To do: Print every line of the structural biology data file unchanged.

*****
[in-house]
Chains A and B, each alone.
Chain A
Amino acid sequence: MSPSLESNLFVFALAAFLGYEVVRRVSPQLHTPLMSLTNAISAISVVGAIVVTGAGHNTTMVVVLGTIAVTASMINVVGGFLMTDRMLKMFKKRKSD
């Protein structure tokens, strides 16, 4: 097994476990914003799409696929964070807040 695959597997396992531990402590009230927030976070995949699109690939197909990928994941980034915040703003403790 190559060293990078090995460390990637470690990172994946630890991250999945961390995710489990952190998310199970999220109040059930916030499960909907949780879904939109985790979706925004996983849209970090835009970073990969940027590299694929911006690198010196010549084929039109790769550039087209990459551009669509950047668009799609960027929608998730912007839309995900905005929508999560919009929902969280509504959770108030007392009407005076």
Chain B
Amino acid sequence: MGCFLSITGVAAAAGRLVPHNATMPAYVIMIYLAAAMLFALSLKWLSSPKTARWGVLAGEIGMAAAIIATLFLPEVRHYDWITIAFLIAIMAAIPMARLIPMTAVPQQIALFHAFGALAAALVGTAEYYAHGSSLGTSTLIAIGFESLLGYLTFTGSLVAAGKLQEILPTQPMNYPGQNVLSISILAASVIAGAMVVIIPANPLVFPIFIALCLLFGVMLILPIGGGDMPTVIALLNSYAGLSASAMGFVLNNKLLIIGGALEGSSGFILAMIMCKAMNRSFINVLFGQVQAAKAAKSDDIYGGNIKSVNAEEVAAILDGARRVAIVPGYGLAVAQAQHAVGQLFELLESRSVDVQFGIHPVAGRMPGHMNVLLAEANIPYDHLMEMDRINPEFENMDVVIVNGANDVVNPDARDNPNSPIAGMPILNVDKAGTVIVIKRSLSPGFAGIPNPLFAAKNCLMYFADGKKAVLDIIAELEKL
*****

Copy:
[in-house]
Chains A and B, each alone.
Chain A
Amino acid sequence: MSPSLESNLFVFALAAFLGYEVVRRVSPQLHTPLMSLTNAISAISVVGAIVVTGAGHNTTMVVVLGTIAVTASMINVVGGFLMTDRMLKMFKKRKSD
């Protein structure tokens, strides 16, 4: 097994476990914003799409696929964070807040 695959597997396992531990402590009230927030976070995949699109690939197909990928994941980034915040703003403790 190559060293990078090995460390990637470690990172994946630890991250999945961390995710489990952190998310199970999220109040059930916030499960909907949780879904939109985790979706925004996983849209970090835009970073990969940027590299694929911006690198010196010549084929039109790769550039087209990459551009669509950047668009799609960027929608998730912007839309995900905005929508999560919009929902969280509504959770108030007392009407005076």
Chain B
Amino acid sequence: MGCFLSITGVAAAAGRLVPHNATMPAYVIMIYLAAAMLFALSLKWLSSPKTARWGVLAGEIGMAAAIIATLFLPEVRHYDWITIAFLIAIMAAIPMARLIPMTAVPQQIALFHAFGALAAALVGTAEYYAHGSSLGTSTLIAIGFESLLGYLTFTGSLVAAGKLQEILPTQPMNYPGQNVLSISILAASVIAGAMVVIIPANPLVFPIFIALCLLFGVMLILPIGGGDMPTVIALLNSYAGLSASAMGFVLNNKLLIIGGALEGSSGFILAMIMCKAMNRSFINVLFGQVQAAKAAKSDDIYGGNIKSVNAEEVAAILDGARRVAIVPGYGLAVAQAQHAVGQLFELLESRSVDVQFGIHPVAGRMPGHMNVLLAEANIPYDHLMEMDRINPEFENMDVVIVNGANDVVNPDARDNPNSPIAGMPILNVDKAGTVIVIKRSLSPGFAGIPNPLFAAKNCLMYFADGKKAVLDIIAELEKL